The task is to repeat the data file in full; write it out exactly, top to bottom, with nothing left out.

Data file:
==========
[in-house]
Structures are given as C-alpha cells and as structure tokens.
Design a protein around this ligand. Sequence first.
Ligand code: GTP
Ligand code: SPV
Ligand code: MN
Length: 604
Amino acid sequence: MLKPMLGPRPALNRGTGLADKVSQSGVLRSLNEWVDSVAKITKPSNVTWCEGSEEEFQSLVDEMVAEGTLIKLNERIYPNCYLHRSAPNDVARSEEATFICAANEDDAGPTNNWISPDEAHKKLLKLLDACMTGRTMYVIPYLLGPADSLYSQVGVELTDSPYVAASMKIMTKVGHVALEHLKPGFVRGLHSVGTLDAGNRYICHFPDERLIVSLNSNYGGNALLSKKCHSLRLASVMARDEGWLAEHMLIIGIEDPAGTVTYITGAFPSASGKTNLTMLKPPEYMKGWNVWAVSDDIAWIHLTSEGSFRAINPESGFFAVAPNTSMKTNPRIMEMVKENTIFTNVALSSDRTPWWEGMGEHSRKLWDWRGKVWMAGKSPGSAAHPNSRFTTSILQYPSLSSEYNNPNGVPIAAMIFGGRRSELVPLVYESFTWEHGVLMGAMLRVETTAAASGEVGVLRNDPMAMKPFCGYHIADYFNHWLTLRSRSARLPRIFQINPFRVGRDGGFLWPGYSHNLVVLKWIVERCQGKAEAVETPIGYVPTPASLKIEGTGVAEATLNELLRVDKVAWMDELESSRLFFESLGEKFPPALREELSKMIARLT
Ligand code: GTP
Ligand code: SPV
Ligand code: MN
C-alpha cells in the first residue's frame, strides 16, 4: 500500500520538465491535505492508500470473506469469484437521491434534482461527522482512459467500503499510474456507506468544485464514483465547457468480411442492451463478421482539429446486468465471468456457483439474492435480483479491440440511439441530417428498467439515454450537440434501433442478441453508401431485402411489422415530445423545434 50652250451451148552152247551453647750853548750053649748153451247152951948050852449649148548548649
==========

[in-house]
Structures are given as C-alpha cells and as structure tokens.
Design a protein around this ligand. Sequence first.
Ligand code: GTP
Ligand code: SPV
Ligand code: MN
Length: 604
Amino acid sequence: MLKPMLGPRPALNRGTGLADKVSQSGVLRSLNEWVDSVAKITKPSNVTWCEGSEEEFQSLVDEMVAEGTLIKLNERIYPNCYLHRSAPNDVARSEEATFICAANEDDAGPTNNWISPDEAHKKLLKLLDACMTGRTMYVIPYLLGPADSLYSQVGVELTDSPYVAASMKIMTKVGHVALEHLKPGFVRGLHSVGTLDAGNRYICHFPDERLIVSLNSNYGGNALLSKKCHSLRLASVMARDEGWLAEHMLIIGIEDPAGTVTYITGAFPSASGKTNLTMLKPPEYMKGWNVWAVSDDIAWIHLTSEGSFRAINPESGFFAVAPNTSMKTNPRIMEMVKENTIFTNVALSSDRTPWWEGMGEHSRKLWDWRGKVWMAGKSPGSAAHPNSRFTTSILQYPSLSSEYNNPNGVPIAAMIFGGRRSELVPLVYESFTWEHGVLMGAMLRVETTAAASGEVGVLRNDPMAMKPFCGYHIADYFNHWLTLRSRSARLPRIFQINPFRVGRDGGFLWPGYSHNLVVLKWIVERCQGKAEAVETPIGYVPTPASLKIEGTGVAEATLNELLRVDKVAWMDELESSRLFFESLGEKFPPALREELSKMIARLT
Ligand code: GTP
Ligand code: SPV
Ligand code: MN
C-alpha cells in the first residue's frame, strides 16, 4: 500500500520538465491535505492508500470473506469469484437521491434534482461527522482512459467500503499510474456507506468544485464514483465547457468480411442492451463478421482539429446486468465471468456457483439474492435480483479491440440511439441530417428498467439515454450537440434501433442478441453508401431485402411489422415530445423545434 50652250451451148552152247551453647750853548750053649748153451247152951948050852449649148548548649